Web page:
Corona and the port
In the port and logistics sector, this year will remain in history as truly exceptional. In the first half of the year, we were hit by forest industry strikes, the impact of which seemed to be even more serious than that of the coronavirus. At the same time, both industrial and shipping companies spelled doom by the virus to the extent that we were already preparing for extensive austerity measures due to an unprecedented shortage of cargo and containers, plus a lack of space on ocean-going vessels. I would venture to say that to everyone’s surprise, these horrors have not materialised, at least not yet.
I am writing this in late May. After a difficult early spring, the processing volumes have positively surprised both customers and us. It gives faith that the future will be better. Operationally, everything has gone well so far. The virus banished practically the entire industry home to work, as far as it could be done, and it is amazing how well everything has worked! Occasionally, you wonder what the office is needed for.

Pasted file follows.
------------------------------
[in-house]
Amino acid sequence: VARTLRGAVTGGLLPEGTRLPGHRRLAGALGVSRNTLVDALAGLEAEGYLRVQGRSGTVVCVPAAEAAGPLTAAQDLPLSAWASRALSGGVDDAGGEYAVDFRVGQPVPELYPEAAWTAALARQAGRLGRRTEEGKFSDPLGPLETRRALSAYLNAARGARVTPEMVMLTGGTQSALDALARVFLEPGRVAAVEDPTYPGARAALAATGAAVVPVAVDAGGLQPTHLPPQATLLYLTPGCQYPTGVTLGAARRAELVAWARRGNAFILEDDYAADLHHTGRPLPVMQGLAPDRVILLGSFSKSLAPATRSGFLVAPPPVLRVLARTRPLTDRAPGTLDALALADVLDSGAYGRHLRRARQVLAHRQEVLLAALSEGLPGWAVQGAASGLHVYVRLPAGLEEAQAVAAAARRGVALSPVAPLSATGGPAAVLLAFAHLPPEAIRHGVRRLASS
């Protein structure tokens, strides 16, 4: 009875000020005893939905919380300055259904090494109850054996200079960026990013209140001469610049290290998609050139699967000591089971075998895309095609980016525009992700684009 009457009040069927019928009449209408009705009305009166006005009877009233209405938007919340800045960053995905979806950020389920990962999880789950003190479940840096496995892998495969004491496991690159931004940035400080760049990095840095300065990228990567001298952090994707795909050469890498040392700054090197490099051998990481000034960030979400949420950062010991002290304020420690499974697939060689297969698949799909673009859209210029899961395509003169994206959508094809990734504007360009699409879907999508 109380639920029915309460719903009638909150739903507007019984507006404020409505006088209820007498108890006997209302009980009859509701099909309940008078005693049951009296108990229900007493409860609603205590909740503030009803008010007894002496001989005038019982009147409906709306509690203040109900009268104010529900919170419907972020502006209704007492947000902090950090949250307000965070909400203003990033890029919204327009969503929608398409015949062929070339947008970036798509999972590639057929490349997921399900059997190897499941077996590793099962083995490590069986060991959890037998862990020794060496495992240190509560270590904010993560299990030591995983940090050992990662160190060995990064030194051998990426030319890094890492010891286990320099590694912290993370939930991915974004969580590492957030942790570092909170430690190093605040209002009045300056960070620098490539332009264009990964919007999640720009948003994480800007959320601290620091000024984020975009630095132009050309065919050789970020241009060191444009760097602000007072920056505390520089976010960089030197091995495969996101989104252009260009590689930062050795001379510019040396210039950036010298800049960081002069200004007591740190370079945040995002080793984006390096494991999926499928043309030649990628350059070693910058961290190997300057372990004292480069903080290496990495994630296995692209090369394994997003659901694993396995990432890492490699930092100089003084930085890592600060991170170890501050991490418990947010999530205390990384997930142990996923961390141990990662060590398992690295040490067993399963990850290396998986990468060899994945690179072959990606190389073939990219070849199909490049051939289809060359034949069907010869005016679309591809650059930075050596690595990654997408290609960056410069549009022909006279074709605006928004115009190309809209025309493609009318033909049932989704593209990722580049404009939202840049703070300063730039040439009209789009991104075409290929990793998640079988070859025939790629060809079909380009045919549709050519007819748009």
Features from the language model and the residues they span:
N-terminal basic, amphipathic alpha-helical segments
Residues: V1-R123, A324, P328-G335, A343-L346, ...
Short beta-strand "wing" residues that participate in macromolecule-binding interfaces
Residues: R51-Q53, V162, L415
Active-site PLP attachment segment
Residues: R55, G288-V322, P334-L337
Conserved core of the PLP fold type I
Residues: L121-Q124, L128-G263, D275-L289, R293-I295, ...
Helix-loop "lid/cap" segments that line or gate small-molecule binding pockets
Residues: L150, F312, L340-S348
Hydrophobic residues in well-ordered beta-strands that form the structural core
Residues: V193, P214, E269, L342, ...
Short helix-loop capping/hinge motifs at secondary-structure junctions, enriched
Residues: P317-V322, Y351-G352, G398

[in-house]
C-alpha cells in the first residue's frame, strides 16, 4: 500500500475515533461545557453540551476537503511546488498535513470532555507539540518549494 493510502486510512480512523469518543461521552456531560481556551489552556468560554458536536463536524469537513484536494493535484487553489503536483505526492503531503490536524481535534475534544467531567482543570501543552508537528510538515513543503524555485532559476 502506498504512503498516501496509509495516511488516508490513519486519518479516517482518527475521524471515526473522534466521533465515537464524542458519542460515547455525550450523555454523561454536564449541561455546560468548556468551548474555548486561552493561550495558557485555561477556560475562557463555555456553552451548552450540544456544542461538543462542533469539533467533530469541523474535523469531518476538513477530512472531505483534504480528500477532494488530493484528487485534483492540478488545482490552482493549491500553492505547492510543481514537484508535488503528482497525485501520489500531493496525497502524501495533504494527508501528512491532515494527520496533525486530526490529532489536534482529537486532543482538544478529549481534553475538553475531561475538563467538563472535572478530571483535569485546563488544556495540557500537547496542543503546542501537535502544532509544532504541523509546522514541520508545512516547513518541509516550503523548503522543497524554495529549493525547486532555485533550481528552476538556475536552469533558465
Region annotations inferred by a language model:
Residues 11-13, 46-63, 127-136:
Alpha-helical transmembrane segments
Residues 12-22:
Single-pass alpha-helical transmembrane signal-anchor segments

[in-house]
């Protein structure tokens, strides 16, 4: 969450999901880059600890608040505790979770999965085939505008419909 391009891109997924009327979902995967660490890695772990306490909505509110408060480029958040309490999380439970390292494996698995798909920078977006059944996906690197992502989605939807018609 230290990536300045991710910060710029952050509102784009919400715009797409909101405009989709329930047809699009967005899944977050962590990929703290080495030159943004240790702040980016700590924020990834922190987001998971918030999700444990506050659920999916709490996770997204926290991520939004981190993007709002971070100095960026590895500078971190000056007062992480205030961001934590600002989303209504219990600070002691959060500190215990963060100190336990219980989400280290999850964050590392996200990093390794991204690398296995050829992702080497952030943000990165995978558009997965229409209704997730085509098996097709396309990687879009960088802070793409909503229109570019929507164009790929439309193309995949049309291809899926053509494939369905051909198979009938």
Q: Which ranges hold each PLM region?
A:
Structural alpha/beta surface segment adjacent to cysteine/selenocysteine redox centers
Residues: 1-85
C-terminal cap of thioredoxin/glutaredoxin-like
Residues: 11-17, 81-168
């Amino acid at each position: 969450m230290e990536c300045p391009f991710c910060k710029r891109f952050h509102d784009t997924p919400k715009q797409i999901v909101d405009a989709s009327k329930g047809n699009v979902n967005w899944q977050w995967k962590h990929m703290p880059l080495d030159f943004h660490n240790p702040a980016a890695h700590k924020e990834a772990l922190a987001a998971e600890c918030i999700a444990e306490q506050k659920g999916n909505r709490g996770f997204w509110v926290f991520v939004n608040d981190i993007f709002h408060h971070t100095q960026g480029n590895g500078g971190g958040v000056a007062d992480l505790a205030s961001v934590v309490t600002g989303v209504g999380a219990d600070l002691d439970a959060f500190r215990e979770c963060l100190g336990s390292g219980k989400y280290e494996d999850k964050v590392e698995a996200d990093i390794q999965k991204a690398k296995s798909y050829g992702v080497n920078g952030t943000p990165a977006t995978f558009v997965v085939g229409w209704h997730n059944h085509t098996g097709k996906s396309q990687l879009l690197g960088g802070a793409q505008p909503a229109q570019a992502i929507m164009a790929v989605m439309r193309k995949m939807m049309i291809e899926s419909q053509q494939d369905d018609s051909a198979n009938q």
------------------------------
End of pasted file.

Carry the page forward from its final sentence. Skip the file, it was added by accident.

It is impossible to do stevedoring work remotely, but the safety measures taken so far have worked, keeping our terminals operating as usual.
A lot of pulp and board, with demand for both constantly growing, passes through our ports, which explains the reasonable goods volumes handled at our terminals. On the other hand, we must live with information that changes almost daily, and it is not easy to predict what will happen in the coming weeks or months. Nevertheless, we are currently training summer employees at all our units, equipping new straddle carriers, and taking over depot operations in Kotka at both the ro-ro and container terminals. This, if anything, is an optimistic message for the future.